Photo: Slaunger/creative commons
North Carolina is experiencing a significant surge in utility-scale solar power development but, so far, wind energy development has lagged behind in the state. Offshore wind, however, may be a game changer. Stronger, more consistent winds—combined with a greatly reduced visible impact compatred to onshore wind—has meant that offshore wind development has become a favorite for policy makers in many parts of the world. The UK, for example, increased its wind energy capacity 80% between 2012 and 2013, moving from 1,858MW of installed capacity to over 3,321MW in just one year.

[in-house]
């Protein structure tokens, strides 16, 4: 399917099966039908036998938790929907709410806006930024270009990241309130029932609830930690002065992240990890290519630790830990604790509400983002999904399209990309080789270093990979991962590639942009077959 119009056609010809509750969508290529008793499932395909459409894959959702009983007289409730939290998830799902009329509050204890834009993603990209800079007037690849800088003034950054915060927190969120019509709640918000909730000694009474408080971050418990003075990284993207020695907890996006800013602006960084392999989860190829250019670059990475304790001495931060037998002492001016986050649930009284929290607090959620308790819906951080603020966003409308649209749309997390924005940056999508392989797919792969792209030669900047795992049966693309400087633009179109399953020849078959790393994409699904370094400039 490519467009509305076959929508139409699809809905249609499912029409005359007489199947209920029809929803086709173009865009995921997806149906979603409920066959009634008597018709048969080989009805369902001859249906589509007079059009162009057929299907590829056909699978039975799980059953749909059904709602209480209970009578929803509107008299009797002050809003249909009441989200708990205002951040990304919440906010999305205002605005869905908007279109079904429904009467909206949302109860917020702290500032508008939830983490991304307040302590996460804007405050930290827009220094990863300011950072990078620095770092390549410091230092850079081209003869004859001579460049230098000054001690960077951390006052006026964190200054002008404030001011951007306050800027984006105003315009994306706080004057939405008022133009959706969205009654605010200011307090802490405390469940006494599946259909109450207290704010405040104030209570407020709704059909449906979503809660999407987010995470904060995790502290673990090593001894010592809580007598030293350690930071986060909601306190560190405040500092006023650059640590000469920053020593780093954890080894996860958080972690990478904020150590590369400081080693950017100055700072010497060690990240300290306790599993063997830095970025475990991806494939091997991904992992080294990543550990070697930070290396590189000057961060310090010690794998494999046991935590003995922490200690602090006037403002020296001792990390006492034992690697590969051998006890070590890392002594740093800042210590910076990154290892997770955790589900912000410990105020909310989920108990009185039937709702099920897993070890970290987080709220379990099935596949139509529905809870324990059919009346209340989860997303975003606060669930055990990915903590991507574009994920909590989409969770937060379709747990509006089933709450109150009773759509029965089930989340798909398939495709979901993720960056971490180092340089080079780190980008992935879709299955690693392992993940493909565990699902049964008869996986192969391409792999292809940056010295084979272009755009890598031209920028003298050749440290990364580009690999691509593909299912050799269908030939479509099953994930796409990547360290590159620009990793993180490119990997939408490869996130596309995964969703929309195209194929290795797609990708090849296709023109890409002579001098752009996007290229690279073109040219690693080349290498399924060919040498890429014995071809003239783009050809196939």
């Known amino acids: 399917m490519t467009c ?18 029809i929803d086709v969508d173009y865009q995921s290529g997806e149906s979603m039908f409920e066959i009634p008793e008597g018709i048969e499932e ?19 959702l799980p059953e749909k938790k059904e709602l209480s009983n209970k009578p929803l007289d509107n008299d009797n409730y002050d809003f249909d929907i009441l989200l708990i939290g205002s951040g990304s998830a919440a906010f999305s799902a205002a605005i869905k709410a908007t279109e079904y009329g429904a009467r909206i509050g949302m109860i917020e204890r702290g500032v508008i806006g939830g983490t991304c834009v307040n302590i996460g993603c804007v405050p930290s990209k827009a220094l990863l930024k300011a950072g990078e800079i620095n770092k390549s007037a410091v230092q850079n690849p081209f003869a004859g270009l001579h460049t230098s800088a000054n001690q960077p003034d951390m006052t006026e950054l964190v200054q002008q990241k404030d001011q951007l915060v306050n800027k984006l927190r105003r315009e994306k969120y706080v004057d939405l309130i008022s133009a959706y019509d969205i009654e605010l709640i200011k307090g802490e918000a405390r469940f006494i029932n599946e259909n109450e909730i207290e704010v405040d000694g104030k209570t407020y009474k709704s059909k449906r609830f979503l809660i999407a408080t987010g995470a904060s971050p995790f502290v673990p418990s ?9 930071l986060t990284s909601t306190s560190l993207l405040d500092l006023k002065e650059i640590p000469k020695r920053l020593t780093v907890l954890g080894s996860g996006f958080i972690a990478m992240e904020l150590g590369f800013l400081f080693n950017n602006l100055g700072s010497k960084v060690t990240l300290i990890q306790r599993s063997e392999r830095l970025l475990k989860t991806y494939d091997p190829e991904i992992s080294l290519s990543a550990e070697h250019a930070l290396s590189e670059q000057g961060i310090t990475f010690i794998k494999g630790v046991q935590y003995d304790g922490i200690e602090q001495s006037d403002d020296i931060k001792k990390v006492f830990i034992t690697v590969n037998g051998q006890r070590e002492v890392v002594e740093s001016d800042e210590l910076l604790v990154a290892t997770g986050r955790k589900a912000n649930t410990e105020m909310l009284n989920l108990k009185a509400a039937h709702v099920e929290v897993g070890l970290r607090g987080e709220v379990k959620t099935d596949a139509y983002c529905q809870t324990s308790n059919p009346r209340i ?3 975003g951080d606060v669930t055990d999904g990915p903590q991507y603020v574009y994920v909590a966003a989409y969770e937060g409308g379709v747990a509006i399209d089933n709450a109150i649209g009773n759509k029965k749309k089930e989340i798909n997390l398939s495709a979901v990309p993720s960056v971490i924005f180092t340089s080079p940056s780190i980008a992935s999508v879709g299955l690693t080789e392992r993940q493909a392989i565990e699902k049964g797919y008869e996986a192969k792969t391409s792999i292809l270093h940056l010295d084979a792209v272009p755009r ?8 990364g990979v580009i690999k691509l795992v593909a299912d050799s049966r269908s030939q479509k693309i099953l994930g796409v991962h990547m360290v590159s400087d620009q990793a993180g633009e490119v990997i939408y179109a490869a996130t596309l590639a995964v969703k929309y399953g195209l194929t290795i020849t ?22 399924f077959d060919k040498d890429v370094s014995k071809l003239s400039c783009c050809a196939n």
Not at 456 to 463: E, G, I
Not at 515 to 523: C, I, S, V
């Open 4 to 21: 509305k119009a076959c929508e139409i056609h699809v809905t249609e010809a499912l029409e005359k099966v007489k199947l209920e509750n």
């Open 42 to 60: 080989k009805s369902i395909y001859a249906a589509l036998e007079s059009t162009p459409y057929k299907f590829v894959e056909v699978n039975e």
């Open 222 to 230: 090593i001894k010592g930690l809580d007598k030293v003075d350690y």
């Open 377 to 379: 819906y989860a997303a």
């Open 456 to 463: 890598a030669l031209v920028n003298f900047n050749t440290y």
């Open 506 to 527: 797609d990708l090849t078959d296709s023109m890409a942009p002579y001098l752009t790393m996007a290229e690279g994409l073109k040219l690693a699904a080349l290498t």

Now the N&O reports that scientists are mapping the sea floor and monitoring conditions off the coast of North Carolina. The idea is to determine both whether wind power installations are economically feasible and whether they can be developed in an environmentally sustainable manner, without undue harm to marine habitats:
“North Carolina reportedly has some of the best conditions for wind in the Southeast United States,” said Chris Taylor, National Oceanic and Atmospheric Administration research ecologist at the National Centers for Coastal Ocean Science lab in Beaufort. “Our proximity to the Gulf Stream promotes relatively consistent strong winds that can have the potential for producing energy if utilized in the right way.”